Pedalboard Gems #3: JRAD Archer Ikon
Just in time for this series, the most brilliant gem among pedalboards gets its due. A total cult that has gradually grown to unbelievable proportions and has long since broken all boundaries of common sense. So, are you ready to pull a few thousand bucks out of your wallet for one guitar effect? Not really? I don't blame you. In fact, the hype surrounding the mythical original version of the Klon Centaur overdrive pedal is so crazy that the manufacturer itself felt it necessary to officially oppose it with a print on the new KTR version explaining that it had nothing to do with it.
The whole story is all the more insane considering that Bill Finnegan himself had to quit making the Klon at one point because it simply wasn't paying off! It's the perfect candidate for a marketing textbook case study of how a high quality product becomes the subject of regular crowd psychosis thanks to rumors and limited availability—and how it is now sold in second-hand shops for $5000 (original price: $329), an amount that has been unbelievably high for a long time already and yet steadily continues to rise.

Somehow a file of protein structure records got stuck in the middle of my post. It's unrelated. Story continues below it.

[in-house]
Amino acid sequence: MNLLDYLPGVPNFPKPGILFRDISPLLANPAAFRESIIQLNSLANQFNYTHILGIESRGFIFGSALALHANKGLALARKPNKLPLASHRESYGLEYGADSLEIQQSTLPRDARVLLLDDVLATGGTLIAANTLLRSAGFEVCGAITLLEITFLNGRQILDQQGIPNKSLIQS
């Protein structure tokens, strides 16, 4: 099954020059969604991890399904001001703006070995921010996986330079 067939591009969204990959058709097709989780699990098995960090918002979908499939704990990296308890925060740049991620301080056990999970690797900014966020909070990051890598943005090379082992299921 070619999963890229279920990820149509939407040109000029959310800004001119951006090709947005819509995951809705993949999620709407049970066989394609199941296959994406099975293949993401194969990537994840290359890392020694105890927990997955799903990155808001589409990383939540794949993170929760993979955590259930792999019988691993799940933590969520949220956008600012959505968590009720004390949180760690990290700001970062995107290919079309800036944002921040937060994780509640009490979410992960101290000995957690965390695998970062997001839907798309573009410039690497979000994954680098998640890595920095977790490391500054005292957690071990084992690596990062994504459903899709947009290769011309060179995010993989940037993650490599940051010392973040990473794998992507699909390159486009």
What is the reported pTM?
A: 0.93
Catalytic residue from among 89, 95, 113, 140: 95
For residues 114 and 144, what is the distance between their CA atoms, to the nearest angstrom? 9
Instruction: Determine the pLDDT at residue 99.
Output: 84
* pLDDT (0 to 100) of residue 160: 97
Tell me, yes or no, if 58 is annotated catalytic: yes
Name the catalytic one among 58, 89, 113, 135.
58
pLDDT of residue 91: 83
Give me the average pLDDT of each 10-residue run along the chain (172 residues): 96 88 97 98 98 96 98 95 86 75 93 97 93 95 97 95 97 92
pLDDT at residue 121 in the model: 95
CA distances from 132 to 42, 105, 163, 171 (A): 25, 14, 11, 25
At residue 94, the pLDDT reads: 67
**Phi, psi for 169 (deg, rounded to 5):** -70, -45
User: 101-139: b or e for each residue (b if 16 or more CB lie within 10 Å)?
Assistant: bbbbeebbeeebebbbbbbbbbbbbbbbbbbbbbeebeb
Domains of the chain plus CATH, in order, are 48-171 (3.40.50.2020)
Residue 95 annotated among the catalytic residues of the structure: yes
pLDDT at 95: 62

But is this madness at all justified? In my opinion it's not—no guitar effect is worth that kind of money. But that's from a guitarist's perspective, not a collector's or an investor's. Fortunately for us common guitar folks, there are enough substitutes on the market today in a wide range of price, size, features and quality. The most accurate clone of the Klon has to be the J. Rockett Audio Designs Archer Ikon. Gold color with the most iconic germanium diodes with the same characteristics as the original centaur. Since they are the ones who actually launched the recreated original version of the KTR in collaboration with Bill F., they were right at the fountain of knowledge, so in this case these marketing fairy tales have some weight after all. So those who are looking for the most accurate version of the original but don't want to bleed financially are at the correct address.